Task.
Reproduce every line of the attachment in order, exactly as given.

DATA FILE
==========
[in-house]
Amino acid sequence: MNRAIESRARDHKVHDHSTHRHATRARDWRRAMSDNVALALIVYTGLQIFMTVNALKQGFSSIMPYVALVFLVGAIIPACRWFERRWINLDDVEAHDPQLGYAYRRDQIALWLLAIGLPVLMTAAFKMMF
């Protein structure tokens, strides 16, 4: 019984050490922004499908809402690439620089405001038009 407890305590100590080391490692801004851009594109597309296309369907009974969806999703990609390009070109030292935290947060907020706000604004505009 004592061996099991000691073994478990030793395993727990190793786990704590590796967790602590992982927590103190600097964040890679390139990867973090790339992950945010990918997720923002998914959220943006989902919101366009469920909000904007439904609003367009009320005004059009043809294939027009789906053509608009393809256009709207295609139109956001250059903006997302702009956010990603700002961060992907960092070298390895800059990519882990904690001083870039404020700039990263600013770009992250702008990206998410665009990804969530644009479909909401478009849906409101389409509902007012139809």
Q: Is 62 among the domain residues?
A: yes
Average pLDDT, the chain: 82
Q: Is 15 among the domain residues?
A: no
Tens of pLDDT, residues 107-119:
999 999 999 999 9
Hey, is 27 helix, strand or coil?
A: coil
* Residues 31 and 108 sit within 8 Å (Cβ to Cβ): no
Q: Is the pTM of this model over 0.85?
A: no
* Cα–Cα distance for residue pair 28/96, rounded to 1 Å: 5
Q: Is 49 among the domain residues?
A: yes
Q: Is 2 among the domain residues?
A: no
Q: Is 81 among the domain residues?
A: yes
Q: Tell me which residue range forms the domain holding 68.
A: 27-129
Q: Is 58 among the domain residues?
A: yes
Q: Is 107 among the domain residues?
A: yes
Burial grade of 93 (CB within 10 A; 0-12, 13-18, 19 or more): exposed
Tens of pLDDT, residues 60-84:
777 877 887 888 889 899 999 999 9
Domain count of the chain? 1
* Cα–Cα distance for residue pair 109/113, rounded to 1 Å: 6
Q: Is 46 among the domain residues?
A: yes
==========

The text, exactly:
[in-house]
Amino acid sequence: MNRAIESRARDHKVHDHSTHRHATRARDWRRAMSDNVALALIVYTGLQIFMTVNALKQGFSSIMPYVALVFLVGAIIPACRWFERRWINLDDVEAHDPQLGYAYRRDQIALWLLAIGLPVLMTAAFKMMF
């Protein structure tokens, strides 16, 4: 019984050490922004499908809402690439620089405001038009 407890305590100590080391490692801004851009594109597309296309369907009974969806999703990609390009070109030292935290947060907020706000604004505009 004592061996099991000691073994478990030793395993727990190793786990704590590796967790602590992982927590103190600097964040890679390139990867973090790339992950945010990918997720923002998914959220943006989902919101366009469920909000904007439904609003367009009320005004059009043809294939027009789906053509608009393809256009709207295609139109956001250059903006997302702009956010990603700002961060992907960092070298390895800059990519882990904690001083870039404020700039990263600013770009992250702008990206998410665009990804969530644009479909909401478009849906409101389409509902007012139809």
Q: Is 62 among the domain residues?
A: yes
Average pLDDT, the chain: 82
Q: Is 15 among the domain residues?
A: no
Tens of pLDDT, residues 107-119:
999 999 999 999 9
Hey, is 27 helix, strand or coil?
A: coil
* Residues 31 and 108 sit within 8 Å (Cβ to Cβ): no
Q: Is the pTM of this model over 0.85?
A: no
* Cα–Cα distance for residue pair 28/96, rounded to 1 Å: 5
Q: Is 49 among the domain residues?
A: yes
Q: Is 2 among the domain residues?
A: no
Q: Is 81 among the domain residues?
A: yes
Q: Tell me which residue range forms the domain holding 68.
A: 27-129
Q: Is 58 among the domain residues?
A: yes
Q: Is 107 among the domain residues?
A: yes
Burial grade of 93 (CB within 10 A; 0-12, 13-18, 19 or more): exposed
Tens of pLDDT, residues 60-84:
777 877 887 888 889 899 999 999 9
Domain count of the chain? 1
* Cα–Cα distance for residue pair 109/113, rounded to 1 Å: 6
Q: Is 46 among the domain residues?
A: yes